If you're thinking about renting an apartment in Washington, PA, you'll find a variety of apartment rentals, including furnished apartments and many house rental options, too.
Washington is a busy community, so it's prudent to allow 30 days to find the rental you want. Look in the Observer Reporter (the local newspaper), particularly in the Sunday classifieds, for a rental resource. Online listings are helpful, too. Of course, check out the neighborhoods yourself. Sometimes the best rentals pop up that way, and you'll discover which areas you like the most. You may want to start with the Chestnut Street area in the center of town. When you do find the rental you want, come prepared -- as in any community, landlords often require W2s or tax returns, credit reports, and bank statements. You should have identification with you as well.
The city's core gets stronger all the time; a recent $14 million streetscape improvement project throughout downtown Washington included new business structures, retail spaces, residential lofts, a park, parking, and a hotel. Each community has its own charms, so check them all out to find the right fit.
Franklin Farms / Braddock: Suburban in feel, this community includes two pretty reservoirs and a scenic drive overlooking one of them. There are single-family homes and apartment complexes, and many residences were built between 1940 and 1999. It's a primarily owner-occupied area, but you can find rentals with a careful search.
** Washington and Jefferson College / W. Chestnut Street:** You'll find the courthouse and the historic Braddock House in this community. It's a mostly renter-occupied area, and you'll find apartment complexes of all types here, small and large, along with easy access to downtown eateries and public spaces.
** E. Maiden Street / Elm Street:** The lovely broad green space of Washington Park is located in this suburban area, which holds a mix of owners and renters in single-family residences and smaller apartment complexes. There are some truly historic homes here, but many properties were built between 1940 and 1969.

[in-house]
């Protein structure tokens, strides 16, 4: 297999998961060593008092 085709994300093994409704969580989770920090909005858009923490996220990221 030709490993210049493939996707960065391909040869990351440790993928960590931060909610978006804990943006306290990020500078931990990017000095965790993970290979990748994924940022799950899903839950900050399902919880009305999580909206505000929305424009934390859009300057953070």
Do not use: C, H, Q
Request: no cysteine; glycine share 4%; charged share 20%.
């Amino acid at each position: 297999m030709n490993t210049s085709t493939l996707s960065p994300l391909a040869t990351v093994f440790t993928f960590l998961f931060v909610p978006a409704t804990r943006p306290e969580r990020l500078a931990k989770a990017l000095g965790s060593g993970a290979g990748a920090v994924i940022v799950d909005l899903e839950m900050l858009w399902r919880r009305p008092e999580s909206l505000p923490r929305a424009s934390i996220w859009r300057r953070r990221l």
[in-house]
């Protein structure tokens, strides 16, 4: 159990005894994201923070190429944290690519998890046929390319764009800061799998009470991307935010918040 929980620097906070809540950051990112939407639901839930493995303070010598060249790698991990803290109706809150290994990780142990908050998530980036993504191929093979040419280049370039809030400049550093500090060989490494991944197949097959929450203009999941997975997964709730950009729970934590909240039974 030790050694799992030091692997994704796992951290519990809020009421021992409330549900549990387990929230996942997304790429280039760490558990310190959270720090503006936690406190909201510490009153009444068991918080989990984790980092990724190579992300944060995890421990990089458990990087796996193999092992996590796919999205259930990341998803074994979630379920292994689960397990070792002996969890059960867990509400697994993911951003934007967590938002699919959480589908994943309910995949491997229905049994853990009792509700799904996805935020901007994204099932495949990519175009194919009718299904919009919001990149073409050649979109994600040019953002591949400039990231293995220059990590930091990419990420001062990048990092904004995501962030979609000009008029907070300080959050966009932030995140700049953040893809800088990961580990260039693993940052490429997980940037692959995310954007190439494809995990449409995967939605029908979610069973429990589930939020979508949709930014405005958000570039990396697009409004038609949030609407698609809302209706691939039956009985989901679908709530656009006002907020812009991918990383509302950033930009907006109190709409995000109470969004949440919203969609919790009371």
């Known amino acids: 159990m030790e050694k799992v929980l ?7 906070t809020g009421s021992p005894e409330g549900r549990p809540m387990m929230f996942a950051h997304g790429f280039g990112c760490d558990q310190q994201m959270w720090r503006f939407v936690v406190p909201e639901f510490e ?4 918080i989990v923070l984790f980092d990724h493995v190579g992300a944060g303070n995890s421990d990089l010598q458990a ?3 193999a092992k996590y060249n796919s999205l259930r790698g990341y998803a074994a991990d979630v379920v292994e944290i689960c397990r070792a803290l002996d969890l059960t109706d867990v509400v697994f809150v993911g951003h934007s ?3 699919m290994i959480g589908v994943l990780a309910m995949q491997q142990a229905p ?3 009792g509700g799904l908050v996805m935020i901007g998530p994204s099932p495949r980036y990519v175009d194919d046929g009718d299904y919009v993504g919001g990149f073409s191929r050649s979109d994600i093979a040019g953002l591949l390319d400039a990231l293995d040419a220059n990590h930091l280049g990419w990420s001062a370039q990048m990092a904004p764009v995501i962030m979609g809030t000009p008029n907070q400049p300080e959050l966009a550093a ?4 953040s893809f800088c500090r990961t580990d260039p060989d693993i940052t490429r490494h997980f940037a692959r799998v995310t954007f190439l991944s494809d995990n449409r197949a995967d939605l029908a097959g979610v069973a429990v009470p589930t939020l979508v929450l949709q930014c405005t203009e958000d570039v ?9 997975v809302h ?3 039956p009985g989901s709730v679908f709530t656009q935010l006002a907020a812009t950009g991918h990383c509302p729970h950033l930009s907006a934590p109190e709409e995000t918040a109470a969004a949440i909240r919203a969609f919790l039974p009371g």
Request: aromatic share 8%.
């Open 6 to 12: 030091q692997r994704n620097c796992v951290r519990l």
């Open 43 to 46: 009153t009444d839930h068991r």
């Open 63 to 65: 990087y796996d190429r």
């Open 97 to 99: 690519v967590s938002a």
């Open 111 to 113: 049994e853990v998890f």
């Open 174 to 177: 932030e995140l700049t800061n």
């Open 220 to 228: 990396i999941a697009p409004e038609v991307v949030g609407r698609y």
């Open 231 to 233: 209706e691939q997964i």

There's always something happening in Washington -- perhaps it's a holdover from early days, such as the 1791 Whiskey Rebellion, which centered on a tax imposed on whiskey distilleries in the area. No distilleries are around today, although pleasant bars and other entertainment spots do sell spirits. History buffs will love it here -- the house of one of the rebellion leaders, David Bradford, is located on S. Main Street, as well as a museum devoted to the history of the rebellion. There are many other historic spots in town, too, including the site of a stop on the Underground Railway and the Pennsylvania Freight Railroad Station.
With parks and community center activities throughout the area, Washington is a friendly place that offers many recreational activities. It's also a cultured small city. Its newspaper traces its roots to 1808 and is still going strong today. The town's symphony, the Washington Symphony Orchestra, performs four to five times a year. The Washington Community Theater celebrated its 40th anniversary of continuous performances a few years ago. Every June, the theater group -- which produces a number of annual productions -- holds an outdoor event at the Main Pavilion in large, tree-filled Washington Park. Come on out and applaud.
Sports fans take note -- there's no shortage of sporting events either, from youth leagues to the Washington Wild Things, a minor league baseball team that began in 2002 and receives a great deal of community support. The Pennsylvania Rebellion, a National Pro Fastpitch softball team joins the Wild Things in playing home events at the CONSOL Energy Park in town. Town residents also love their football. In 2006, to honor the Pittsburgh Steelers' selection for the Super Bowl, the city council renamed the city Steelers, PA, until February 5, 2006. Go team!